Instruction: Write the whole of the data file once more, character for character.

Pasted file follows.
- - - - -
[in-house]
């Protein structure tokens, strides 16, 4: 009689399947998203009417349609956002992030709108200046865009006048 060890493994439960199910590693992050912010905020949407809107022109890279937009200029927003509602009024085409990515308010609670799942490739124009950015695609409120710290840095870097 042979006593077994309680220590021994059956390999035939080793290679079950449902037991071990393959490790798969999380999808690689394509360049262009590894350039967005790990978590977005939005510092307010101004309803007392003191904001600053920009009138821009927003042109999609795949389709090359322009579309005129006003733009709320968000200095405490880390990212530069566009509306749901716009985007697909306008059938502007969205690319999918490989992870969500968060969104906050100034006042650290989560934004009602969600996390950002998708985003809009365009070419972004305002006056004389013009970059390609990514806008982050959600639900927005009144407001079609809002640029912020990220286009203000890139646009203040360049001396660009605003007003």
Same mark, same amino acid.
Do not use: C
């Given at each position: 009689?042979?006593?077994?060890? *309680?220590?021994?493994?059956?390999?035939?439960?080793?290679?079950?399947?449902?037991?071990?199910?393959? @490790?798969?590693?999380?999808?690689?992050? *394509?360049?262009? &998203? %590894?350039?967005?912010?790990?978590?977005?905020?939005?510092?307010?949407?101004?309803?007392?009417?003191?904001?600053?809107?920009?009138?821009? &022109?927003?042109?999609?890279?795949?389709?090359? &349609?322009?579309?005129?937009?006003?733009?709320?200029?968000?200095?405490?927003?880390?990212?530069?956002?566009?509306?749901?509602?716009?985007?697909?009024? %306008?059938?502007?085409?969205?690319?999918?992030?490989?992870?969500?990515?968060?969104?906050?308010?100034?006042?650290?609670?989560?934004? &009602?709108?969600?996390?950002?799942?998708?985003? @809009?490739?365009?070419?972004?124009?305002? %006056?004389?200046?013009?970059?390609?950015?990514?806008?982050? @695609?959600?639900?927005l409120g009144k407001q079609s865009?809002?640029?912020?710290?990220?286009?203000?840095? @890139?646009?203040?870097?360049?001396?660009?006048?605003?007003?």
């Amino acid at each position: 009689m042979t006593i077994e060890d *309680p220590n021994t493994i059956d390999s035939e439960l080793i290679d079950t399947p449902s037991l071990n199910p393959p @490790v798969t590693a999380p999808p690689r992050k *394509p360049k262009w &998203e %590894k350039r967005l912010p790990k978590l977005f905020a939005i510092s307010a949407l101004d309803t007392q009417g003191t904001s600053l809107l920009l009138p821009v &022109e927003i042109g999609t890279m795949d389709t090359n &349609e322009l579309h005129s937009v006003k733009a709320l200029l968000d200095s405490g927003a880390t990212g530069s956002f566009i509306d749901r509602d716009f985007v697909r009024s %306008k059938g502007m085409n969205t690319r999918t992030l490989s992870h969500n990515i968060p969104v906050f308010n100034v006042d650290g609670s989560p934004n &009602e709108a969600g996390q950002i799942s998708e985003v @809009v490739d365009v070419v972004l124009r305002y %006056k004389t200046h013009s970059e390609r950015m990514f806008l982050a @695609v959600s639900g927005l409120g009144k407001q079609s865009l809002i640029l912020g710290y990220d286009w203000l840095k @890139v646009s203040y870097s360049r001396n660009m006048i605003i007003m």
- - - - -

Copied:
[in-house]
């Protein structure tokens, strides 16, 4: 009689399947998203009417349609956002992030709108200046865009006048 060890493994439960199910590693992050912010905020949407809107022109890279937009200029927003509602009024085409990515308010609670799942490739124009950015695609409120710290840095870097 042979006593077994309680220590021994059956390999035939080793290679079950449902037991071990393959490790798969999380999808690689394509360049262009590894350039967005790990978590977005939005510092307010101004309803007392003191904001600053920009009138821009927003042109999609795949389709090359322009579309005129006003733009709320968000200095405490880390990212530069566009509306749901716009985007697909306008059938502007969205690319999918490989992870969500968060969104906050100034006042650290989560934004009602969600996390950002998708985003809009365009070419972004305002006056004389013009970059390609990514806008982050959600639900927005009144407001079609809002640029912020990220286009203000890139646009203040360049001396660009605003007003």
Same mark, same amino acid.
Do not use: C
């Given at each position: 009689?042979?006593?077994?060890? *309680?220590?021994?493994?059956?390999?035939?439960?080793?290679?079950?399947?449902?037991?071990?199910?393959? @490790?798969?590693?999380?999808?690689?992050? *394509?360049?262009? &998203? %590894?350039?967005?912010?790990?978590?977005?905020?939005?510092?307010?949407?101004?309803?007392?009417?003191?904001?600053?809107?920009?009138?821009? &022109?927003?042109?999609?890279?795949?389709?090359? &349609?322009?579309?005129?937009?006003?733009?709320?200029?968000?200095?405490?927003?880390?990212?530069?956002?566009?509306?749901?509602?716009?985007?697909?009024? %306008?059938?502007?085409?969205?690319?999918?992030?490989?992870?969500?990515?968060?969104?906050?308010?100034?006042?650290?609670?989560?934004? &009602?709108?969600?996390?950002?799942?998708?985003? @809009?490739?365009?070419?972004?124009?305002? %006056?004389?200046?013009?970059?390609?950015?990514?806008?982050? @695609?959600?639900?927005l409120g009144k407001q079609s865009?809002?640029?912020?710290?990220?286009?203000?840095? @890139?646009?203040?870097?360049?001396?660009?006048?605003?007003?």
């Amino acid at each position: 009689m042979t006593i077994e060890d *309680p220590n021994t493994i059956d390999s035939e439960l080793i290679d079950t399947p449902s037991l071990n199910p393959p @490790v798969t590693a999380p999808p690689r992050k *394509p360049k262009w &998203e %590894k350039r967005l912010p790990k978590l977005f905020a939005i510092s307010a949407l101004d309803t007392q009417g003191t904001s600053l809107l920009l009138p821009v &022109e927003i042109g999609t890279m795949d389709t090359n &349609e322009l579309h005129s937009v006003k733009a709320l200029l968000d200095s405490g927003a880390t990212g530069s956002f566009i509306d749901r509602d716009f985007v697909r009024s %306008k059938g502007m085409n969205t690319r999918t992030l490989s992870h969500n990515i968060p969104v906050f308010n100034v006042d650290g609670s989560p934004n &009602e709108a969600g996390q950002i799942s998708e985003v @809009v490739d365009v070419v972004l124009r305002y %006056k004389t200046h013009s970059e390609r950015m990514f806008l982050a @695609v959600s639900g927005l409120g009144k407001q079609s865009l809002i640029l912020g710290y990220d286009w203000l840095k @890139v646009s203040y870097s360049r001396n660009m006048i605003i007003m």